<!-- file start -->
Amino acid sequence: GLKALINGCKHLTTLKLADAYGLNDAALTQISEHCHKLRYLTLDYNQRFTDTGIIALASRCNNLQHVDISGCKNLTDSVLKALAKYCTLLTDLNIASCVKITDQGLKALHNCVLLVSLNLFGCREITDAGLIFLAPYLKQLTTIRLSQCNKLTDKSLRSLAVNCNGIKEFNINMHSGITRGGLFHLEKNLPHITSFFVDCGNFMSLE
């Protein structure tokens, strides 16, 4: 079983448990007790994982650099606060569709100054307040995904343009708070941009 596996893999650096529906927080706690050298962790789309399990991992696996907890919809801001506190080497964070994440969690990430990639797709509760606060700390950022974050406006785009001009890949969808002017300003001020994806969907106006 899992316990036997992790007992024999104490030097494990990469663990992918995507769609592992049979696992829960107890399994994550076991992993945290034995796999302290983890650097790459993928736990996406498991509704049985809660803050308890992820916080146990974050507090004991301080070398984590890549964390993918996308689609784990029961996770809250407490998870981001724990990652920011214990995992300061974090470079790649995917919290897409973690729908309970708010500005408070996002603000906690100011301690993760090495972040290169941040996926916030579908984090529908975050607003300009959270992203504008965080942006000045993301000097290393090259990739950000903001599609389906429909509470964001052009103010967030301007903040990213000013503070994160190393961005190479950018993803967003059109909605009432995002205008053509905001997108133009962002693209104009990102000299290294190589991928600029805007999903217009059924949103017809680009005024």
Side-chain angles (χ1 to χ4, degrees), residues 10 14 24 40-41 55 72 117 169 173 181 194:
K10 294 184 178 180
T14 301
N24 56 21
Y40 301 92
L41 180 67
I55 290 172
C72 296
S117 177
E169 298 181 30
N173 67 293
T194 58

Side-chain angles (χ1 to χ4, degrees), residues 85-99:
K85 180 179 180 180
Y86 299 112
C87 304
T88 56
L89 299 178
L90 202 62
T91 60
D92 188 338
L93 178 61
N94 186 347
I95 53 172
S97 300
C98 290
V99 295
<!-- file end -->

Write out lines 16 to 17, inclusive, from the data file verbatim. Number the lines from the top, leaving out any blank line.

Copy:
K85 180 179 180 180
Y86 299 112